PORTLAND, Ore. (KOIN) — Prior to the COVID-19 pandemic, the most recent counts of people experiencing homelessness in Multnomah County and Oregon showed signs of improvement.
In Portland and Multnomah County, the biennial point-in-time count of the number of people experiencing homelessness in 2019 was 4,015. That’s a decrease from the 4,177 people counted in 2017.
Oregon showed a similar trend between 2019 and 2020, according to the U.S. Department of Housing and Urban Development’s Annual Homeless Assessment Reports. In 2019, there were 15,876 people experiencing homelessness, but in 2020 the count showed there were 14,655.
These point-in-time counts are conducted in January, which means 2020’s numbers were collected before the pandemic impacted the state. Multnomah County conducts its counts every other year.
After more than a year of businesses opening and closing, thousands of Oregonians losing their jobs, and a reduced number of homeless camp sweeps throughout the city, some people have told KOIN 6 News they feel the homeless population has grown.
Marisa Zapata, head of the Homelessness Research & Action Collaborative at Portland State University, said with the eviction moratorium still in place in the county, it’s unlikely the homeless population has grown significantly in the last year. She believes people’s perception that the homeless population in the city has increased could be due to the fact that camps haven’t been moved as much and that people are focusing on behavior that’s unfamiliar to them.
“If you see somebody using the bathroom outside, you’re focused on that and you tend to ascribe that behavior to everyone who you see living outside,” she said.
In January 2021, Multnomah County and several other regions across the state opted to put off the point-in-time count of unsheltered people until 2022. They still counted the number of people sleeping in emergency shelters but felt it was unsafe to count the unsheltered population during the pandemic.
So, Portland and Multnomah County will need to wait another year to find out how the pandemic has impacted those living unsheltered.
Although the overall number of people experiencing homelessness dropped in Multnomah County between 2019 and 2017, the number of unsheltered people grew from 1,668 to 2,037.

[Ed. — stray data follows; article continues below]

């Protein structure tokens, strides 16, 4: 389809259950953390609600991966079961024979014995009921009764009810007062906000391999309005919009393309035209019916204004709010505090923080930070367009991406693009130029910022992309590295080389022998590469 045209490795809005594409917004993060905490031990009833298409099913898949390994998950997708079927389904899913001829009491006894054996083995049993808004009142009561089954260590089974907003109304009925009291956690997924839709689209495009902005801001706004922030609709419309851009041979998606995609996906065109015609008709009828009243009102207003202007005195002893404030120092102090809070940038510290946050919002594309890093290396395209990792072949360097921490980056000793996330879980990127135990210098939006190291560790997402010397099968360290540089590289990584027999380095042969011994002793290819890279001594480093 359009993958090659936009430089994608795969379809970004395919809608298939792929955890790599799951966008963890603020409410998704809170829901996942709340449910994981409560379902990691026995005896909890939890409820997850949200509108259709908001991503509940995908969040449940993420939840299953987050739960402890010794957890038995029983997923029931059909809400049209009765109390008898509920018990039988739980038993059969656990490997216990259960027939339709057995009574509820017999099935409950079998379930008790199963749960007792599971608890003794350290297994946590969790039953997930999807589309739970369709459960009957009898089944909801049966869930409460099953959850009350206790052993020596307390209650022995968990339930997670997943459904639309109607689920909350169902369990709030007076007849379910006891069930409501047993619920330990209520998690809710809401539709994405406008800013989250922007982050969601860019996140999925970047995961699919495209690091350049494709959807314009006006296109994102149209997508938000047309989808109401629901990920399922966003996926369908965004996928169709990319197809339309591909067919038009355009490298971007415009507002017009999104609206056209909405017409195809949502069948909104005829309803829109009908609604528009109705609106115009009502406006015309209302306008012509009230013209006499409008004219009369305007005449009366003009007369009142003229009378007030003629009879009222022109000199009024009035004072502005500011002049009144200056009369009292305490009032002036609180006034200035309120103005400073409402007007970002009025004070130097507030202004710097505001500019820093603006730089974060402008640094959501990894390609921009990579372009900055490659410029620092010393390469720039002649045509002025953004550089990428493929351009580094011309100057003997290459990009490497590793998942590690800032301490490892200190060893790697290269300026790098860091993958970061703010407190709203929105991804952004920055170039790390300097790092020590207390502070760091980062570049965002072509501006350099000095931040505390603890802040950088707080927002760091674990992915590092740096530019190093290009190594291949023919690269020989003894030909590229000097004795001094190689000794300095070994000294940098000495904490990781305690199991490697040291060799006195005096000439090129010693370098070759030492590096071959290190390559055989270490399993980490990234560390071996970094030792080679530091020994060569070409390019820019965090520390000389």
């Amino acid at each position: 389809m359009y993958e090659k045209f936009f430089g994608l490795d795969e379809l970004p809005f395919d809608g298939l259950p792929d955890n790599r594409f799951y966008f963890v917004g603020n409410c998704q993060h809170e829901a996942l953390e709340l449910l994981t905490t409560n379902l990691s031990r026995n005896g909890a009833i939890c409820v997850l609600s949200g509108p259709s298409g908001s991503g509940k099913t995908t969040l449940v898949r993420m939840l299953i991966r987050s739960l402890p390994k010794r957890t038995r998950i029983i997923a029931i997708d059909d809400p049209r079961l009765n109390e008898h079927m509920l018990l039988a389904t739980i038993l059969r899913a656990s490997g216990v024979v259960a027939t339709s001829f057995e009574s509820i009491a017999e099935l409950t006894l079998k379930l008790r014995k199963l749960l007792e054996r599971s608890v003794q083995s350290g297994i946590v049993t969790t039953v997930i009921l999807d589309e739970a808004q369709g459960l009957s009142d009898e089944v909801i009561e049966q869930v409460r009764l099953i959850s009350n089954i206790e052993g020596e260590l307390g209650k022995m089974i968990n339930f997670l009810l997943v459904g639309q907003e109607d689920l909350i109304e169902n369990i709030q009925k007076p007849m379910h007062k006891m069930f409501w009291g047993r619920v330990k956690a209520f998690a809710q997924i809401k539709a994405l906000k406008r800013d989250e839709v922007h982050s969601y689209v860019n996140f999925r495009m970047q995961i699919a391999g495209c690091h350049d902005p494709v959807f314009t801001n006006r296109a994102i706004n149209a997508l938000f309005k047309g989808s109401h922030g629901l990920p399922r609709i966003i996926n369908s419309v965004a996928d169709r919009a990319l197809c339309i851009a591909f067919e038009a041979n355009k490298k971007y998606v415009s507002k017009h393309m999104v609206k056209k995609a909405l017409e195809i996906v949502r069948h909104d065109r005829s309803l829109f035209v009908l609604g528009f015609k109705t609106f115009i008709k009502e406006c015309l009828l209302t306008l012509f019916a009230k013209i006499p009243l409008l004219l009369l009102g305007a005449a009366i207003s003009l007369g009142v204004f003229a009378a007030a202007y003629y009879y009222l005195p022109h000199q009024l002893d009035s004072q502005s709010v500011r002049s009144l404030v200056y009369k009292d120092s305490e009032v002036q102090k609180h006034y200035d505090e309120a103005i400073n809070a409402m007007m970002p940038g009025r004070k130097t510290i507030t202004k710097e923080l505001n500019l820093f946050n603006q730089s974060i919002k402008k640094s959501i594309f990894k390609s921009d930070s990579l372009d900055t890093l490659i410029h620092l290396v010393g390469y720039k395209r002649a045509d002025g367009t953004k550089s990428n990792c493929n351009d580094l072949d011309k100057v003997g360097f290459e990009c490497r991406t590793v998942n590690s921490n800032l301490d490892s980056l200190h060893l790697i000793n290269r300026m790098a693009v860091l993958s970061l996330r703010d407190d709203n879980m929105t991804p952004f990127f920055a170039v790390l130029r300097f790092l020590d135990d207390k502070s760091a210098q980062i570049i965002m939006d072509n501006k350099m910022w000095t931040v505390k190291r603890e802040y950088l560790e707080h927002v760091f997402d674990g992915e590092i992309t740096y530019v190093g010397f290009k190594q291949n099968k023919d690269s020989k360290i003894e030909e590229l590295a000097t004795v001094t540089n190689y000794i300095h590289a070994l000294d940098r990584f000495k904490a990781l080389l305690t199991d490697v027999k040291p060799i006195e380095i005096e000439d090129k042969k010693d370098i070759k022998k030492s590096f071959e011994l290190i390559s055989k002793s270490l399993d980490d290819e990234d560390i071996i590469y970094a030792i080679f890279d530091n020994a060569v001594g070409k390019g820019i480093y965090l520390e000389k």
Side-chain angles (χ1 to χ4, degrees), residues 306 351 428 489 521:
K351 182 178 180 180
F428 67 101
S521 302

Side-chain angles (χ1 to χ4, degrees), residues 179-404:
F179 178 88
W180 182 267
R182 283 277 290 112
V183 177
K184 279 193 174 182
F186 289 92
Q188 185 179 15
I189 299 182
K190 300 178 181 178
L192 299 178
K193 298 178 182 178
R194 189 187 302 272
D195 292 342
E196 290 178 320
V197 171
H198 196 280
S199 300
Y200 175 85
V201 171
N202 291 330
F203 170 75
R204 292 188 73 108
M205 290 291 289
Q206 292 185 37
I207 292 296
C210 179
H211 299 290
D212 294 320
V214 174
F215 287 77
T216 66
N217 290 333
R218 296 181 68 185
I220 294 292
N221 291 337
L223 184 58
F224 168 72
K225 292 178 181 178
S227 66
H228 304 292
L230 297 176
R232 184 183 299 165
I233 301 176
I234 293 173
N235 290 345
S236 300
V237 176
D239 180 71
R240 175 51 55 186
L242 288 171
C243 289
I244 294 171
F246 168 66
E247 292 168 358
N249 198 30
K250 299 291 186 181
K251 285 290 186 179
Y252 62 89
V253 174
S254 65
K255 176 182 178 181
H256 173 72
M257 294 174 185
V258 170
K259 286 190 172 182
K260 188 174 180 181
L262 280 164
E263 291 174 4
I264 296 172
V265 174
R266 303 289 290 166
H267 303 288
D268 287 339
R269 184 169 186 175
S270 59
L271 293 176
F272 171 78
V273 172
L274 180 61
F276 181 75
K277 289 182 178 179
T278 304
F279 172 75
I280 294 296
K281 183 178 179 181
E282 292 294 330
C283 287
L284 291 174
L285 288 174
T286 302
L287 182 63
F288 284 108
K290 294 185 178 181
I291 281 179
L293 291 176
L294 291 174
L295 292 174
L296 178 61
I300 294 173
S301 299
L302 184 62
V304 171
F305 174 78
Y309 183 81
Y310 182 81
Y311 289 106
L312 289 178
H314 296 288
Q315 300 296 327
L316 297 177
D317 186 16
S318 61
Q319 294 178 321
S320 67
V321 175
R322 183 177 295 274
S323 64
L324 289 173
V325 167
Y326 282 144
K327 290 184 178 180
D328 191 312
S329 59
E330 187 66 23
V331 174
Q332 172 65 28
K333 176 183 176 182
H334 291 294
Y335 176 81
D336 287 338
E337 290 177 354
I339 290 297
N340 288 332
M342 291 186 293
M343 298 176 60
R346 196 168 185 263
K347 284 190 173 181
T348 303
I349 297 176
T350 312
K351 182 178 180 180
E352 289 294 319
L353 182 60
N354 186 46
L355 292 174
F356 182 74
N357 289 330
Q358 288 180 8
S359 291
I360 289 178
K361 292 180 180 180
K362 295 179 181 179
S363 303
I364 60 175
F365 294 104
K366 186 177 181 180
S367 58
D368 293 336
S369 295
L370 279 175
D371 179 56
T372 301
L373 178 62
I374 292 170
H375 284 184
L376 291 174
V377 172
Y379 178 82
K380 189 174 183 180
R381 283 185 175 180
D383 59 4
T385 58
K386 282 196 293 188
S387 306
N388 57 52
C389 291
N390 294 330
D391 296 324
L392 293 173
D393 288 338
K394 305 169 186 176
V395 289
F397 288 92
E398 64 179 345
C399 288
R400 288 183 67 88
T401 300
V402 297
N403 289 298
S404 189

Zapata said unless there is a “massive shock to the system” she doesn’t expect the numbers to change drastically over the next year. She said there already aren’t enough resources in Multnomah County to assist those experiencing homelessness, but a change of about 1,000 people wouldn’t impact the system too greatly.
However, if the number of people experiencing homelessness in the county suddenly jumped to 10,000, that’s a different story.
Zapata fears that could be a possibility if people can’t pay back the rent they owe. PSU researchers are currently estimating how many people will be unable to pay back rent and what the cost to the system would be if they all became homeless. Zapata said their research shows the cost would be upwards of $3 billion.
She said what happens to people teetering on the edge of homelessness will depend greatly on the decisions elected officials will make in the coming year.
“If you look at people who are already probably most impacted by the issues related to the pandemic, those are people who are going to have to spend a long time working to even pay one month back rent. We’re getting into 12 months back-rent,” Zapata said. “If we aren’t taking very, very quick and firm action, we will see a dramatic increase in homelessness.”
Portland city leaders have already been thinking of ways to better care for the unsheltered population. In March, Portland City Council discussed a proposal that would allow temporary shelters in open spaces such as parks.
Mayor Ted Wheeler has also called for additional shelter beds during the pandemic.
However, Zapata said increasing the number of shelter beds does not mean people will take advantage of them.
From where she stands and what she sees, Zapata said if the state does not take action to keep people in their homes or to forgive rent, Oregon could see an enormous increase in homelessness in the coming months.